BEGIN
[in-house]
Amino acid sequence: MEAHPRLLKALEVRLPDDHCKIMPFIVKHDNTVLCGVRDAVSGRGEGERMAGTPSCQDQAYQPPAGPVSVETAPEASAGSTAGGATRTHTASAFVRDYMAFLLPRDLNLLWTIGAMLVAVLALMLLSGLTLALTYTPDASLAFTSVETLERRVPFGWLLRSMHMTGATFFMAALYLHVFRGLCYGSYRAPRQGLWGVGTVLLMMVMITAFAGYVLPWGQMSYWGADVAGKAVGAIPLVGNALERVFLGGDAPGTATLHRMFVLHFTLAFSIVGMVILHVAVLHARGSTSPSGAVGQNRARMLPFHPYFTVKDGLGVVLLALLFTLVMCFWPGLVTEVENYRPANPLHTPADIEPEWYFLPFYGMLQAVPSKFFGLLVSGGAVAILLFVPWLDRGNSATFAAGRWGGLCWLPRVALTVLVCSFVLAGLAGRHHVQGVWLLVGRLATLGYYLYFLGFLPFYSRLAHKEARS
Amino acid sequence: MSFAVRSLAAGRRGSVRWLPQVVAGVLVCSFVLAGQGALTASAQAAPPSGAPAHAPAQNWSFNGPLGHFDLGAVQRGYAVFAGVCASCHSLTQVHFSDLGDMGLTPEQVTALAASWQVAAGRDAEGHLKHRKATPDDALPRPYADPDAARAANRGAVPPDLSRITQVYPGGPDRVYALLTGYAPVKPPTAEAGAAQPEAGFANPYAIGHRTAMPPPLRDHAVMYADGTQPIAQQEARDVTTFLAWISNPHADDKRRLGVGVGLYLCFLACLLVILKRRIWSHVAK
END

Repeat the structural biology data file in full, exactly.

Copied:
[in-house]
Amino acid sequence: MEAHPRLLKALEVRLPDDHCKIMPFIVKHDNTVLCGVRDAVSGRGEGERMAGTPSCQDQAYQPPAGPVSVETAPEASAGSTAGGATRTHTASAFVRDYMAFLLPRDLNLLWTIGAMLVAVLALMLLSGLTLALTYTPDASLAFTSVETLERRVPFGWLLRSMHMTGATFFMAALYLHVFRGLCYGSYRAPRQGLWGVGTVLLMMVMITAFAGYVLPWGQMSYWGADVAGKAVGAIPLVGNALERVFLGGDAPGTATLHRMFVLHFTLAFSIVGMVILHVAVLHARGSTSPSGAVGQNRARMLPFHPYFTVKDGLGVVLLALLFTLVMCFWPGLVTEVENYRPANPLHTPADIEPEWYFLPFYGMLQAVPSKFFGLLVSGGAVAILLFVPWLDRGNSATFAAGRWGGLCWLPRVALTVLVCSFVLAGLAGRHHVQGVWLLVGRLATLGYYLYFLGFLPFYSRLAHKEARS
Amino acid sequence: MSFAVRSLAAGRRGSVRWLPQVVAGVLVCSFVLAGQGALTASAQAAPPSGAPAHAPAQNWSFNGPLGHFDLGAVQRGYAVFAGVCASCHSLTQVHFSDLGDMGLTPEQVTALAASWQVAAGRDAEGHLKHRKATPDDALPRPYADPDAARAANRGAVPPDLSRITQVYPGGPDRVYALLTGYAPVKPPTAEAGAAQPEAGFANPYAIGHRTAMPPPLRDHAVMYADGTQPIAQQEARDVTTFLAWISNPHADDKRRLGVGVGLYLCFLACLLVILKRRIWSHVAK